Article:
The Pros and Cons of Nursing Unions

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Nursing UnionAccording to the Bureau of Labor Statistics, 20.4% percent of RNs and 10 percent of LPNs and LVNs in the U.S. are union members.

What’s more, unionized nurses can earn an average of $200-$400 more per week than non-unionized nurses.

So why not join a union? It turns out, doing so is a more complex (and personal) issue than just signing up and cashing-in on the extra pay (if applicable) and other benefits – real or perceived.

Here’s a quick look at some of the upsides and pitfalls of having such representation:

What is a Nurses’ Union?

A nurses’ union is a form of a trade or labor union which is an organization that advocates for the interest of the nurses that comprise the group. The goal of the union is to advocate for nurses in hopes to improve benefits, wages, and other working conditions. Unions have been around for over 100 years and while they have seen a drastic decrease in involvement, the healthcare industry has seen a steady involvement over the years.

Pros of Nursing Unions

A union has the power and strength of numbers to negotiate enforceable contracts that identify working conditions (like acceptable nurse-to-patient ratios), the role of nurses in fixing standards of care, when nurses work overtime, pay scales, benefits, procedures for vacation-scheduling and other time off, etc…

Through a union, you can support efforts to enact improved laws that regulate hospitals and other healthcare environments and to create government-funded programs to fund and promote nursing education

Some legislative agendas include bans on mandatory overtime, mandating safe nurse-to-patient ratios, and requiring employers to protect nurses from violence and harassment on the job

Many union members enjoy the benefit of direct representation by union staff in the workplace. (This is especially valuable when disciplinary actions are being taken or when working conditions come up that require labor-management negotiation)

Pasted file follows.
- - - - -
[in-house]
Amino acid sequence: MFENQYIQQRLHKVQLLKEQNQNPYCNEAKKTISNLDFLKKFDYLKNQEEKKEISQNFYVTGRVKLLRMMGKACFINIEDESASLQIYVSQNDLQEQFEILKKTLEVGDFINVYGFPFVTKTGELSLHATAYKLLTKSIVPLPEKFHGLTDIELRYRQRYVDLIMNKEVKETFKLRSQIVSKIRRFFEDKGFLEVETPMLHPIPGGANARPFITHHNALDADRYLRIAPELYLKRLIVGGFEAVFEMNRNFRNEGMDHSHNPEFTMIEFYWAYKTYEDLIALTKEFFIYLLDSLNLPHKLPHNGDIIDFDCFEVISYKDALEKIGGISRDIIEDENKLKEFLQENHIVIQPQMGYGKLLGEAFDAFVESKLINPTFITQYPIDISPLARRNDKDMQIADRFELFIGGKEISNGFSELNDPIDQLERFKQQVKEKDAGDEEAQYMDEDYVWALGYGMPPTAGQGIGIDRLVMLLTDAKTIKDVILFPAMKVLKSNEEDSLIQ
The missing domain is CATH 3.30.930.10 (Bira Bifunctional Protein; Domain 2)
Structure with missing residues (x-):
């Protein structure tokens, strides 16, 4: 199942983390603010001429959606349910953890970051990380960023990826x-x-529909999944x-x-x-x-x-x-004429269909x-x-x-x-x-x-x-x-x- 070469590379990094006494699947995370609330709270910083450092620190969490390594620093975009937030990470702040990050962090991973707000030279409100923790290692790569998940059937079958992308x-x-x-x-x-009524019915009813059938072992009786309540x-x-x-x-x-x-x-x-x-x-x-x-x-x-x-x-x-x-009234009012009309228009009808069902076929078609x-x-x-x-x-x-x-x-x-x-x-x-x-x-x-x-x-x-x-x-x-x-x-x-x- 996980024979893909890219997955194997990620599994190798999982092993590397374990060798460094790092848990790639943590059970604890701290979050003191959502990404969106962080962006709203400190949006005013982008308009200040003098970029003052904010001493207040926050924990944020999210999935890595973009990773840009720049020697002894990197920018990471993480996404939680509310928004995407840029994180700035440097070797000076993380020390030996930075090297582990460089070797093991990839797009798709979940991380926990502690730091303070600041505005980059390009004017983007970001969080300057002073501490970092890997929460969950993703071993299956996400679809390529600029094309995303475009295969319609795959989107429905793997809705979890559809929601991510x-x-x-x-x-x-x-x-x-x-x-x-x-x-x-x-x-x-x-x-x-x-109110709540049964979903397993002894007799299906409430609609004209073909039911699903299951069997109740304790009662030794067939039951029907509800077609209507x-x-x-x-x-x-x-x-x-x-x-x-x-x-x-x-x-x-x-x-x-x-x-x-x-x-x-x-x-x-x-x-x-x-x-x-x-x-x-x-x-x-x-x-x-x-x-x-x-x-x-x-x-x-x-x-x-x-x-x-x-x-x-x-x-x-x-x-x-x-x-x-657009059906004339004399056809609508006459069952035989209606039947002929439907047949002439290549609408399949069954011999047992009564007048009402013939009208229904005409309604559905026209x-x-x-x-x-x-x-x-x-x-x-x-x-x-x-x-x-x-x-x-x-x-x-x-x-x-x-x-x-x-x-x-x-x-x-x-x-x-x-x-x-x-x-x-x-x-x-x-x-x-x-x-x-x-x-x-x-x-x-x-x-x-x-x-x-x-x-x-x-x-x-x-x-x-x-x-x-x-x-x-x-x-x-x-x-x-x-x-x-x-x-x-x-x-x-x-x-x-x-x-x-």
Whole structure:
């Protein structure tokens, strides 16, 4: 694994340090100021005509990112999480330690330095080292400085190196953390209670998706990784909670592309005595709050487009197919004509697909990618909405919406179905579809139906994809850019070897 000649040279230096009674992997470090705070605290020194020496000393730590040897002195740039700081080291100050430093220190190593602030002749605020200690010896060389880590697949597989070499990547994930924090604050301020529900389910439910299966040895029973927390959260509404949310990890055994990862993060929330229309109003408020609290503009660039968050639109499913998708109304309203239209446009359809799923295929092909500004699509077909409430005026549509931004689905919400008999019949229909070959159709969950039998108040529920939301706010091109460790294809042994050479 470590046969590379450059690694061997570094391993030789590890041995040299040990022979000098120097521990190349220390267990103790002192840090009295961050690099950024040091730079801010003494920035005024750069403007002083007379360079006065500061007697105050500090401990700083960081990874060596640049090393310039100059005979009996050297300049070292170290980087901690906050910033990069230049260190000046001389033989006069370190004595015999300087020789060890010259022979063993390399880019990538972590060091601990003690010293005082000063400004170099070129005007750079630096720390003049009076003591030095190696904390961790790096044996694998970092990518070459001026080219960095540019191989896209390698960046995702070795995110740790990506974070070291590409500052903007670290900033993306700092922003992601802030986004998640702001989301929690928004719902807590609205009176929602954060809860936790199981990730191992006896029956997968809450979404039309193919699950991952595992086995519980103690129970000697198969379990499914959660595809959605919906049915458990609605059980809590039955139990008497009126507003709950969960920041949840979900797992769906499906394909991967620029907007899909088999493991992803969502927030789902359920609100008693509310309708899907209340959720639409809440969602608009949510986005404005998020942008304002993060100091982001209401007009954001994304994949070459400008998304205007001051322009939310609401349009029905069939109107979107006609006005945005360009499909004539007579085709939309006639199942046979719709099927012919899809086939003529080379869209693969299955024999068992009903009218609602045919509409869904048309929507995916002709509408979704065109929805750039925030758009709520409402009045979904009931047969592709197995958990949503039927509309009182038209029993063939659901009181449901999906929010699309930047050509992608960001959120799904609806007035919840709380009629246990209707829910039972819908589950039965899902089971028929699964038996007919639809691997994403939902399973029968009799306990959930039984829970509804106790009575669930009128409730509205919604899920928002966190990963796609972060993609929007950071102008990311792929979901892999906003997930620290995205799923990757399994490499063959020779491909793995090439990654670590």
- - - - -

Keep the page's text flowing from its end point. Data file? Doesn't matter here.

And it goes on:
Cons of Nursing Unions

From time-to-time, employers experience conflicts of interest with a nursing union. For example, management can’t make changes on employee pay scales and benefits without consulting the union, and nursing strikes that go against such measures can take a large toll on patient care

Employers can’t easily fire a union nurse (bad for management, good for front-line nurses, whether they’re in the wrong or not) whose performance falls below standard without consulting the union, which supports the nurse

Most unions charge membership dues, which is deflation in real wages (if you pay the union $80 per month, that’s $80 less in take-home pay)

Unions can use membership fees for political purposes. Even if you opt-out of having a portion of your dues go to support a specific candidate, the union can use your dues as the collective means to gain influence, even if that influence is against your personal views

According to many comments from nurses – both unionized and non-unionized – unions entrench seniority. Nurses with low seniority tend to get the last options for holiday bids and other time off, are easily pulled into other units and can be canceled during low census

It can also be difficult to advance your career on merit or increased education when competing with unionized nurses who have greater seniority

The National Nurses Union

One of the largest nursing union in America and the history of the U.S. is the National Nurses Union. According to their website, they were founded in 2009 and now have over 150,000 members. This union is so large because it is the result of three separate nursing unions combing – the California Nurses Association/National Nurses Organizing Committee, United American Nurses, and Massachusetts Nurses Association. 

You could argue that union collective bargaining has both positive and negative aspects. On one hand, nurses waive the responsibility of working directly with employers to create pay scales, benefits packages, nurse-to-patient ratios, and role definitions that favor nurses (spelled out in the form of a binding contract.)

However, collective bargaining can also reduce pay down-the-road. Once the union and the hospital agree on a pay scale, it can be locked in for years, making raises hard to come by until a new contract is negotiated.

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Tera Rowland
Contributor Tera Rowland

Tera Rowland is the vice president of Soliant and has worked in the healthcare staffing industry for almost 20 years in public relations, social media, marketing and operations. In addition to Soliant, Tera worked at the Mayo Clinic as an internal communication manager and for the Children’s Miracle Network. She is a member of the American Marketing Association and the American Staffing Association. Also, Tera has served on the board of directors for the Jacksonville Women’s Leadership Forum as part of the communication committee. She has a Bachelor of Science degree in Public Relations as well as a Master of Business Administration in Marketing from the University of North Florida and has been published in the Huffington Post, Healthcare Finance News, Healthcare Traveler Magazine, and Scrubs Magazine. Make sure to read the rest of Tera's blogs!